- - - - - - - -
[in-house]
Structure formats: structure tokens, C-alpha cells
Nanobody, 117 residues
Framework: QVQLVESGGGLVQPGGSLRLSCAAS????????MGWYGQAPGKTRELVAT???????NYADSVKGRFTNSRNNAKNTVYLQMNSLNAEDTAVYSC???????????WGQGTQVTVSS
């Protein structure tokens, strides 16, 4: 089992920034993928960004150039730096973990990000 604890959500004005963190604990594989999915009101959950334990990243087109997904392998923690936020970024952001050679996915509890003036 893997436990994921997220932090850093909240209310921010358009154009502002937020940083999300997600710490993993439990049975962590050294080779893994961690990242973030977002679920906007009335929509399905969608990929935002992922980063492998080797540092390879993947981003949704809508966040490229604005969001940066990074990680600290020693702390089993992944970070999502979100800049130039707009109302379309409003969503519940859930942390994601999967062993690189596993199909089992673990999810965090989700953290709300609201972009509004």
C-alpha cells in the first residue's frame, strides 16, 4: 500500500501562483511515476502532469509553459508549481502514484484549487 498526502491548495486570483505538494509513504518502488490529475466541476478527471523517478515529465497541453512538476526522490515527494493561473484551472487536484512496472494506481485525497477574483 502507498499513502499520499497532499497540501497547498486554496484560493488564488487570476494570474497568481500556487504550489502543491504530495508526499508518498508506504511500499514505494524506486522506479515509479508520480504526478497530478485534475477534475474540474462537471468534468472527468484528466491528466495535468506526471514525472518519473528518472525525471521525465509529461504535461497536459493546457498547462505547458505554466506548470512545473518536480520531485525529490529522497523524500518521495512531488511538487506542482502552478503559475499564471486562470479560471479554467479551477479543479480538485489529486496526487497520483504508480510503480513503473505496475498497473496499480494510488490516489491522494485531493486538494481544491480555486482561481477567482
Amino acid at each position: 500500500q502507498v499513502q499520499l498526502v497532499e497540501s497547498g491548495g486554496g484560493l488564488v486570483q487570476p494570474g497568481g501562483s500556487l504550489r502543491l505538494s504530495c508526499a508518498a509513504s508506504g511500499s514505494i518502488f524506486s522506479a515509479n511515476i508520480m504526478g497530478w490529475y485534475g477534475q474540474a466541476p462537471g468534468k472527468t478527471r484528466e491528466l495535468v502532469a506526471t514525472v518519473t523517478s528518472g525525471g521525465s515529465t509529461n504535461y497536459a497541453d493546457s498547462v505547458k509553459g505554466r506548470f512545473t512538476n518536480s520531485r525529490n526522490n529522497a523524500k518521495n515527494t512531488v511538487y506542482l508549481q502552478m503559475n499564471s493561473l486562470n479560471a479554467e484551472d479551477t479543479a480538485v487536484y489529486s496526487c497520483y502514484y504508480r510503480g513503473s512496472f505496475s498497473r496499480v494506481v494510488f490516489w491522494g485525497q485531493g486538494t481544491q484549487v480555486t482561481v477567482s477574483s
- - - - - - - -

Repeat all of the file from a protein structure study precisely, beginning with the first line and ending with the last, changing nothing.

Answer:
[in-house]
Structure formats: structure tokens, C-alpha cells
Nanobody, 117 residues
Framework: QVQLVESGGGLVQPGGSLRLSCAAS????????MGWYGQAPGKTRELVAT???????NYADSVKGRFTNSRNNAKNTVYLQMNSLNAEDTAVYSC???????????WGQGTQVTVSS
């Protein structure tokens, strides 16, 4: 089992920034993928960004150039730096973990990000 604890959500004005963190604990594989999915009101959950334990990243087109997904392998923690936020970024952001050679996915509890003036 893997436990994921997220932090850093909240209310921010358009154009502002937020940083999300997600710490993993439990049975962590050294080779893994961690990242973030977002679920906007009335929509399905969608990929935002992922980063492998080797540092390879993947981003949704809508966040490229604005969001940066990074990680600290020693702390089993992944970070999502979100800049130039707009109302379309409003969503519940859930942390994601999967062993690189596993199909089992673990999810965090989700953290709300609201972009509004």
C-alpha cells in the first residue's frame, strides 16, 4: 500500500501562483511515476502532469509553459508549481502514484484549487 498526502491548495486570483505538494509513504518502488490529475466541476478527471523517478515529465497541453512538476526522490515527494493561473484551472487536484512496472494506481485525497477574483 502507498499513502499520499497532499497540501497547498486554496484560493488564488487570476494570474497568481500556487504550489502543491504530495508526499508518498508506504511500499514505494524506486522506479515509479508520480504526478497530478485534475477534475474540474462537471468534468472527468484528466491528466495535468506526471514525472518519473528518472525525471521525465509529461504535461497536459493546457498547462505547458505554466506548470512545473518536480520531485525529490529522497523524500518521495512531488511538487506542482502552478503559475499564471486562470479560471479554467479551477479543479480538485489529486496526487497520483504508480510503480513503473505496475498497473496499480494510488490516489491522494485531493486538494481544491480555486482561481477567482
Amino acid at each position: 500500500q502507498v499513502q499520499l498526502v497532499e497540501s497547498g491548495g486554496g484560493l488564488v486570483q487570476p494570474g497568481g501562483s500556487l504550489r502543491l505538494s504530495c508526499a508518498a509513504s508506504g511500499s514505494i518502488f524506486s522506479a515509479n511515476i508520480m504526478g497530478w490529475y485534475g477534475q474540474a466541476p462537471g468534468k472527468t478527471r484528466e491528466l495535468v502532469a506526471t514525472v518519473t523517478s528518472g525525471g521525465s515529465t509529461n504535461y497536459a497541453d493546457s498547462v505547458k509553459g505554466r506548470f512545473t512538476n518536480s520531485r525529490n526522490n529522497a523524500k518521495n515527494t512531488v511538487y506542482l508549481q502552478m503559475n499564471s493561473l486562470n479560471a479554467e484551472d479551477t479543479a480538485v487536484y489529486s496526487c497520483y502514484y504508480r510503480g513503473s512496472f505496475s498497473r496499480v494506481v494510488f490516489w491522494g485525497q485531493g486538494t481544491q484549487v480555486t482561481v477567482s477574483s